Russian intel officers indicted for hacking the DNC and Clinton campaign

Howard TerryJul 14, 2018

Eleven of the 12 Russian operatives are charged with either hacking into or "spearphishing" (sending emails to trick people into providing passwords) the computer networks of Democratic Party officials; spying on network activity and collecting information; and creating fictional personas to spread the information and hide that the source was actually Russian officials with military intelligence agency GRU.

The 12 were members of Russian military intelligence, known as the GRU, and are accused of engaging in a sustained effort to hack the computer networks of Democratic organisations and the Hillary Clinton campaign.

Eleven of today's defendants are charged with conspiring to hack into computers, steal documents, and release documents in an effort to interfere with the election.

The Justice Department announced charges Friday against 12 Russian intelligence officers for hacking offenses during the 2016 presidential election.

One group of officers were tasked with infiltrating computers and stealing data, while another worked to distribute it through anonymous channels in the U.S.

Deputy Attorney General Rod Rosenstein said he has no evidence that the hacking changed the outcome of the 2016 election, nor that "any American was a knowing participant in the alleged unlawful activity".

The indictment also appears to allude to Florida political operative Aaron Nevins, who reached out to Guccifer and asked for "any Florida based information", according to a Wall Street Journal report a year ago. He said Russia's GRU military intelligence service was behind online entities that disseminated and promoted the documents under the names Guccifer 2.0 and DCLeaks.

Rosenstein asked Americans to focus not only who was hurt by or benefited politically from the Russian attacks but to unite against foreign influence in the American democratic process. Given that we are mere months away from a massively important state and local midterm election, you'd think people would be more concerned about protecting us from the continuing threat of Russian interference. He said he briefed Trump earlier this week.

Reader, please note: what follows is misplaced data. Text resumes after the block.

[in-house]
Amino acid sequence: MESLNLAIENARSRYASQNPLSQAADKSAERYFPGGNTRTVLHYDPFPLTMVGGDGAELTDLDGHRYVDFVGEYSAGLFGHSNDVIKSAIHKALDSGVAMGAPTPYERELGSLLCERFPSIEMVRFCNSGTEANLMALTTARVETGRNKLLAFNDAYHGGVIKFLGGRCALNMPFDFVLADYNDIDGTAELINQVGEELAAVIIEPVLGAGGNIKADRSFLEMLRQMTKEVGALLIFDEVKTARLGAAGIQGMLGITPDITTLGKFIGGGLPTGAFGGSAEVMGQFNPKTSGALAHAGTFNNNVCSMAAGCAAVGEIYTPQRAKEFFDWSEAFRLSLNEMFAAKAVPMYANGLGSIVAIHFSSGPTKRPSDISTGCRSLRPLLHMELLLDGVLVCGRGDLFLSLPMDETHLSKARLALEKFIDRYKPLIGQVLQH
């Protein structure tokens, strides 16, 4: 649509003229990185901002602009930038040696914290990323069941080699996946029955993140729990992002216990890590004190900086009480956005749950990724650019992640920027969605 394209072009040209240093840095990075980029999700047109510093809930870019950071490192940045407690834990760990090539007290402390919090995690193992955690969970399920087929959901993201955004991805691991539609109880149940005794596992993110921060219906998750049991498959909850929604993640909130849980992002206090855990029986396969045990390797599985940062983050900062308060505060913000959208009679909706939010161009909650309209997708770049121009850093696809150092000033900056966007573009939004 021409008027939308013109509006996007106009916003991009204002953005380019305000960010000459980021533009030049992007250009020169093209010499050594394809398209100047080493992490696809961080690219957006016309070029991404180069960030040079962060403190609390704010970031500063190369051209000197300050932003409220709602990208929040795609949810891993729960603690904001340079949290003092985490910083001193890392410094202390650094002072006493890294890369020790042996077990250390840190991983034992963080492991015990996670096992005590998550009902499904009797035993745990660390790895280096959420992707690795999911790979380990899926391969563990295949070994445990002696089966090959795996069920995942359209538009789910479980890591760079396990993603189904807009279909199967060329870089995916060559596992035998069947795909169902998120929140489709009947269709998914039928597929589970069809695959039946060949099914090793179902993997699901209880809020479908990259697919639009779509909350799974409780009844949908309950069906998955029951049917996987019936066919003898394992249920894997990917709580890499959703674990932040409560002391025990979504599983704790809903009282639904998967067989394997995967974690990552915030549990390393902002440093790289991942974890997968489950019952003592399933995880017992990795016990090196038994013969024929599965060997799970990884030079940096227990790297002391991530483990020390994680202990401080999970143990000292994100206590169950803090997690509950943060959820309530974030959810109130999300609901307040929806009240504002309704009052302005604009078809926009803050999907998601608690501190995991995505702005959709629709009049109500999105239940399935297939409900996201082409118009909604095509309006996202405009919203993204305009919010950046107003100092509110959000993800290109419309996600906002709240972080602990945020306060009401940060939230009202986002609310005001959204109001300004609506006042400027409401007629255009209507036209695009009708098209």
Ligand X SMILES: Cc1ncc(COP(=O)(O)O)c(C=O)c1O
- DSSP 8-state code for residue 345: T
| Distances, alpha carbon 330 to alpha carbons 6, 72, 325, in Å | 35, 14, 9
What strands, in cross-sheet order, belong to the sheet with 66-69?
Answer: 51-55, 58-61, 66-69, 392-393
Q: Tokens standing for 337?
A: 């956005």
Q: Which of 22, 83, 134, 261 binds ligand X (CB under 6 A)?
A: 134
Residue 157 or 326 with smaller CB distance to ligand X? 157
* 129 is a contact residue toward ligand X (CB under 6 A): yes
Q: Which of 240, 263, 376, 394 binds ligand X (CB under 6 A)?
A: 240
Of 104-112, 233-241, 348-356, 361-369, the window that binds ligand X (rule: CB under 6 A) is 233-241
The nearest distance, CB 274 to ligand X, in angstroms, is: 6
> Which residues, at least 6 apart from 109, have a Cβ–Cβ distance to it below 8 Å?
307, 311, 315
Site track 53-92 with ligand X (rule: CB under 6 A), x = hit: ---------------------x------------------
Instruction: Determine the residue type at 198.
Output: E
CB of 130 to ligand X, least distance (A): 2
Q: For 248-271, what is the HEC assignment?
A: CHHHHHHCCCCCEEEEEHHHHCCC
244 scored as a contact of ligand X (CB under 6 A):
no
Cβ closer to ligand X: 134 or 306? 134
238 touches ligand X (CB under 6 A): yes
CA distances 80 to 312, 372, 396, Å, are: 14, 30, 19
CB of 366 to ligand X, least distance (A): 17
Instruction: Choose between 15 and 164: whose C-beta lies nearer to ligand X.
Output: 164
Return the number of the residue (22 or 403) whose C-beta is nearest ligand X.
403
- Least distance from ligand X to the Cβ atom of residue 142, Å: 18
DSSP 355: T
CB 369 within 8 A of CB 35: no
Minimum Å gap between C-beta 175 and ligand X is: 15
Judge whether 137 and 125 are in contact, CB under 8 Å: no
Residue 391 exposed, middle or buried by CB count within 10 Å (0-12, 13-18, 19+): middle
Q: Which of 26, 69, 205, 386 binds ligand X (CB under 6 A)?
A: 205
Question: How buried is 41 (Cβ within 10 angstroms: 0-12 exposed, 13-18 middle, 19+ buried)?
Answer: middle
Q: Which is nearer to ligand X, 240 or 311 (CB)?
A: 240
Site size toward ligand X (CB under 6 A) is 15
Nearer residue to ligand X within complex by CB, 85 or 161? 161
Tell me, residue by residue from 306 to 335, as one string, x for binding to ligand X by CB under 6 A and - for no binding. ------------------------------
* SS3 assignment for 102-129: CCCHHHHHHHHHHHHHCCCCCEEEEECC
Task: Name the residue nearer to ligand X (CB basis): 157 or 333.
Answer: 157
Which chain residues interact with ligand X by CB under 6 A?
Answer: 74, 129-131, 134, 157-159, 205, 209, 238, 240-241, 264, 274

If the Russian military had dropped a bomb on the headquarters of a United States political party, it would be an act of war. Indeed, an indictment that directly points to Russian President Vladimir Putin makes it much more hard for critics to dismiss Russia's culpability in election hacking as unproven.

Schumer says Trump should cancel his meeting with Putin until Russian Federation takes steps to prove it won't interfere in future elections.

Rosenstein said he had informed Trump about the charges.

As Republicans continue to try and debunk the Special Counsel probe into possible collusion between the Trump campaign and Russia, Robert Mueller has been working behind closed doors on his investigation. The charges said that no Americans were knowingly in communication with any of the Russian intelligence officers.

Mr Mueller has secured indictments against several former Trump campaign aides, including campaign chairman Paul Manafort, and former White House national security advisor Michael Flynn.

And after the news broke of the indictment of the Russian intel officers, McCain issued a stronger statement making it clear that "if President Trump is not prepared to hold Putin accountable, the summit in Helsinki should not move forward".

What do these charges say about the larger Mueller operation? "But it makes it very hard to do something with Russian Federation". "But I love getting along with Russian Federation and China and other countries".

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